Difference between revisions of "Category:B samme"

 
Line 1: Line 1:
"b samme" is the inscription given to a player named Sam by whoever annotated the plot of [[Dead Man's Fortune, The|"Dead Man's Fortune"]] ("b" for "boy"). W. W. Greg provides authority for this guess in ''Henslowe Papers'' by expanding the passage in the plot as follows: "B[oy] Sam [Gilburne?]" (p. 133). Twenty years later he is not so sure. He sees a conflict between interpreting the "b" as "boy" given that the actor (Sam) appears to have been assigned to the part of Euphrodore. He considers that "Euphrodore" might be a female character, though he finds "no reason to suppose" so (p. 101, n. 6). He then considers whether the "b" might stand for "black" as in the character of Black Dick in [[Frederick and Basilea|"Frederick and Basilea"]]. Nungezer (influenced by the early Greg) drops the "b" in alphabetizing the player, listing him as "Sam" among the "S's." McMillin appears inclined to consider "'samme'" as one of the "regular supernumeraries" ([. 239). Bradley groups "b samme" with the adult players and does not specify him as one of the eight boys (95-7).  
+
"b samme" is the inscription given to a player named Sam by whoever annotated the plot of [[Dead Man's Fortune, The|"Dead Man's Fortune"]]. W. W. Greg in ''Henslowe Papers'' guessed that "b" stood for "boy," and he expanded the passage in the plot as follows: "B[oy] Sam [Gilburne?]" (p. 133). Twenty years later he was not so sure. He saw a conflict between interpreting the "b" as "boy" given that the actor (Sam) appears to have been assigned to the part of Euphrodore. He considered that "Euphrodore" might be a female character, though he found "no reason to suppose" so (p. 101, n. 6). He then considered whether the "b" might stand for "black" as in the character of Black Dick in [[Frederick and Basilea|"Frederick and Basilea"]]. Nungezer dropped the "b" in alphabetizing the player, listing him as "Sam" under "S." McMillin considered "'samme'" to be one of the "regular supernumeraries" (p. 239). Bradley groups "b samme" with the adult players and does not specify him as one of the eight boys (95-7).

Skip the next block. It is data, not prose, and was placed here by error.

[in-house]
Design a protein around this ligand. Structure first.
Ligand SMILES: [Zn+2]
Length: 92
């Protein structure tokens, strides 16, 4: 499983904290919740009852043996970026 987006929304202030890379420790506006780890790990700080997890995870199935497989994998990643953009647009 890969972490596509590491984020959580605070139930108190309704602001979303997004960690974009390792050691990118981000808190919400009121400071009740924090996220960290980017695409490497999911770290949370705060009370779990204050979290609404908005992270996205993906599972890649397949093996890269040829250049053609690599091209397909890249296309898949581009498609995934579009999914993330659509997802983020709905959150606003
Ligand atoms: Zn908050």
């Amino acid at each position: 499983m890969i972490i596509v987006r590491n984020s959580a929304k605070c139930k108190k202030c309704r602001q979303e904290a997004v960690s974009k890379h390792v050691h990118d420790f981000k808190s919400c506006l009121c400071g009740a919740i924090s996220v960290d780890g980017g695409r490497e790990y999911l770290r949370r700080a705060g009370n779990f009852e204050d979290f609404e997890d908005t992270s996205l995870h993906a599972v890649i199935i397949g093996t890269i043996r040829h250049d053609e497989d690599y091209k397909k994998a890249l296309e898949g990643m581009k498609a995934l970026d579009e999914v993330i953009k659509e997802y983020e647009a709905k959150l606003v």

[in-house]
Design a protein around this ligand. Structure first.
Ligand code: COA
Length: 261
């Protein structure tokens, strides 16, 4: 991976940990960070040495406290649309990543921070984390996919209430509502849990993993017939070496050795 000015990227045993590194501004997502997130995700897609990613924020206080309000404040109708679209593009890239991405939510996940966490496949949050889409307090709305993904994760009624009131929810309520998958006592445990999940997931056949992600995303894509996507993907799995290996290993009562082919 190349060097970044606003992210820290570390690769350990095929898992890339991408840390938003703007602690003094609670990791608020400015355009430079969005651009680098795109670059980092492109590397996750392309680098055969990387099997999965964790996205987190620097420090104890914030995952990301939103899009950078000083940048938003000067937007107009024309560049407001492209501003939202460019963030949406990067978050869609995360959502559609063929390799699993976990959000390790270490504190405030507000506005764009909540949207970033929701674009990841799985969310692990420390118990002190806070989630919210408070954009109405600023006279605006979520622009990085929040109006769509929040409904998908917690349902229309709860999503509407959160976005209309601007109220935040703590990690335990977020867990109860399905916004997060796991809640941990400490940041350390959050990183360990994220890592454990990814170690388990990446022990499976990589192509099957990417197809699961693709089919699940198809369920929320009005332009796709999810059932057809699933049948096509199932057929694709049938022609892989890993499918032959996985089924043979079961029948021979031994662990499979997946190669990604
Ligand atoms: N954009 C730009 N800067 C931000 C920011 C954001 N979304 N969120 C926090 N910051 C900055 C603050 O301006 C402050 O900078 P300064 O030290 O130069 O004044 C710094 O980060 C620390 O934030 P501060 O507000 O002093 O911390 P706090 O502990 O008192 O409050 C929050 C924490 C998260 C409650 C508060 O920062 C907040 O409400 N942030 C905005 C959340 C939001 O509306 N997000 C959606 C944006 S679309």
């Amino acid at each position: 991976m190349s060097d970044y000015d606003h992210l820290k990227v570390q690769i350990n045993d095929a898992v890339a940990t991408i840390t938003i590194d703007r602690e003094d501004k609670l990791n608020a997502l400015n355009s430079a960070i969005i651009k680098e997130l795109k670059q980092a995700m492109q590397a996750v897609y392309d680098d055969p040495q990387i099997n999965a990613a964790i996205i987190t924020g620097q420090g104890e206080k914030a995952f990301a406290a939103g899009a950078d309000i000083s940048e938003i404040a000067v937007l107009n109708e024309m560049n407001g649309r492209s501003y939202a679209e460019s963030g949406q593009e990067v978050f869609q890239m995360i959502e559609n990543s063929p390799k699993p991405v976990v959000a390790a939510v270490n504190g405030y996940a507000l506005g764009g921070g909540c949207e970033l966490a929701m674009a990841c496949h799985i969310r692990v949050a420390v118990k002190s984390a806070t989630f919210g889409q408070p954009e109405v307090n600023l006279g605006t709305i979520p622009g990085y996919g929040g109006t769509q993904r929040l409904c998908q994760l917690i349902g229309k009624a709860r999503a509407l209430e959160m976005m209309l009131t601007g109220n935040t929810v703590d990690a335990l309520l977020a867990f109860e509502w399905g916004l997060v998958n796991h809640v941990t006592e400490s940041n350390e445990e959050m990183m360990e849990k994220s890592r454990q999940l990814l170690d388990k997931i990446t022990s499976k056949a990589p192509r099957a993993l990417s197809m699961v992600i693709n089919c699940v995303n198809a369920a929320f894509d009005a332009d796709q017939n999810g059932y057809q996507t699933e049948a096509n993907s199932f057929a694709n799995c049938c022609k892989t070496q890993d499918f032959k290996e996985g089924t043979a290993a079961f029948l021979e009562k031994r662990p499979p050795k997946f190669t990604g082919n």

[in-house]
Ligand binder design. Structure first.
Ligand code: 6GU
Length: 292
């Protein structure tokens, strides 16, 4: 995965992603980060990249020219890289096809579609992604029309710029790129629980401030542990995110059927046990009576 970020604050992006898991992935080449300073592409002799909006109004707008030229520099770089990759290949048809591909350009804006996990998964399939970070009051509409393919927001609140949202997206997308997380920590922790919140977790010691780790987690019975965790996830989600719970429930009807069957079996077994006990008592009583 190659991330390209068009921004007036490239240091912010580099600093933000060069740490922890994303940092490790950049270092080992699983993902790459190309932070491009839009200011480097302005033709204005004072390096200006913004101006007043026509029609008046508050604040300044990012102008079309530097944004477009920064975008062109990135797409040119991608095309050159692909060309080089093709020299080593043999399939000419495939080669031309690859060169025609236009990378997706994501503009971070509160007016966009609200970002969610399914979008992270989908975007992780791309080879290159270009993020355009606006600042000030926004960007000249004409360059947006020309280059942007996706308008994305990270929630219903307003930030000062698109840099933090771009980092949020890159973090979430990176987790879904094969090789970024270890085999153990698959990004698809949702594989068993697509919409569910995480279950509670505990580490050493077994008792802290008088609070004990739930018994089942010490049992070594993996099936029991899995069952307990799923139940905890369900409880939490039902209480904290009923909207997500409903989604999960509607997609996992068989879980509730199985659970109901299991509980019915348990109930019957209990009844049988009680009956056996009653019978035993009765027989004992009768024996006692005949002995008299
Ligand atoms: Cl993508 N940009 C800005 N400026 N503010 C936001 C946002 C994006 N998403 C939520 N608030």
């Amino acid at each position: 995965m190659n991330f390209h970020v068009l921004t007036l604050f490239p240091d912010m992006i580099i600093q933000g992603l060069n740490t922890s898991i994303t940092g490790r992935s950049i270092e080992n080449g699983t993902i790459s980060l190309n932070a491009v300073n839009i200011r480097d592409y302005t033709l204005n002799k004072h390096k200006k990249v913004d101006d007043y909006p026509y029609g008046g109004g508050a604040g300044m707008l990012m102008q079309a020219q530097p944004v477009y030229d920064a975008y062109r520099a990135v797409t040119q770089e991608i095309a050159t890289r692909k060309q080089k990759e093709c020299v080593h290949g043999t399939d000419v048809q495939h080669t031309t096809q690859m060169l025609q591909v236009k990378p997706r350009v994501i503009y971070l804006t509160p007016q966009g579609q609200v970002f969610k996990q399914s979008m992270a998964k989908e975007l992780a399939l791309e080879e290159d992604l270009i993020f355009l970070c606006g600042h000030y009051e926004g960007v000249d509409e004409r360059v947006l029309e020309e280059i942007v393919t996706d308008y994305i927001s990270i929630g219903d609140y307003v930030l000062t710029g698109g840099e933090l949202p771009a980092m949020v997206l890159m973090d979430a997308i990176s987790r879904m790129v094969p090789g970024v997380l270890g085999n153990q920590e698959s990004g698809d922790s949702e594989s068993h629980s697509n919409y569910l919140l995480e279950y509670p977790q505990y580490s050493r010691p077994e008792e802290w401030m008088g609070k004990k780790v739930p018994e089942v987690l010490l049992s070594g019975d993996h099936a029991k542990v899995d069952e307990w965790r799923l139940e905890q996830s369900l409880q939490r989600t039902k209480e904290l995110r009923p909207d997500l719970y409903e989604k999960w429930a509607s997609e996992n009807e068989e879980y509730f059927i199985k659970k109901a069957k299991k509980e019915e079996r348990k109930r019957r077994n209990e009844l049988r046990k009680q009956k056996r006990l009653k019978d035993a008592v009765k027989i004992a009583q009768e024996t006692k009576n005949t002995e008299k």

<br>
 
<br>
  

Latest revision as of 10:36, 20 April 2022

"b samme" is the inscription given to a player named Sam by whoever annotated the plot of "Dead Man's Fortune". W. W. Greg in Henslowe Papers guessed that "b" stood for "boy," and he expanded the passage in the plot as follows: "B[oy] Sam [Gilburne?]" (p. 133). Twenty years later he was not so sure. He saw a conflict between interpreting the "b" as "boy" given that the actor (Sam) appears to have been assigned to the part of Euphrodore. He considered that "Euphrodore" might be a female character, though he found "no reason to suppose" so (p. 101, n. 6). He then considered whether the "b" might stand for "black" as in the character of Black Dick in "Frederick and Basilea". Nungezer dropped the "b" in alphabetizing the player, listing him as "Sam" under "S." McMillin considered "'samme'" to be one of the "regular supernumeraries" (p. 239). Bradley groups "b samme" with the adult players and does not specify him as one of the eight boys (95-7).


Roles
Attendant, Validore's man, and possibly Euphrodore in "The Dead Man's Fortune"


Works Cited

Bradley, David. From Text to Performance in the Elizabethan Theatre. Cambridge: Cambridge University Press, 1992.
Greg, W. W. Dramatic Documents from the Elizabethan Playhouses. Oxford: Clarendon Press, 1931, rpt. 1969.
———, ed. Henslowe Papers: Being Documents Supplementary to Henslowe's Diary. A. H. Bullen: London, 1907.
Nungezer, Edwin. A Dictionary of Actors. New York: Greenwood Press, 1968 (orig. Yale University Press, 1929).
McMillin, Scott. "The Plots of The Dead Man's Fortune and 2 Seven Deadly Sins: Inferences for Theatre Historians," Studies in Bibliography 26 (1973): 235-43.

Pages in category "B samme"

This category contains only the following page.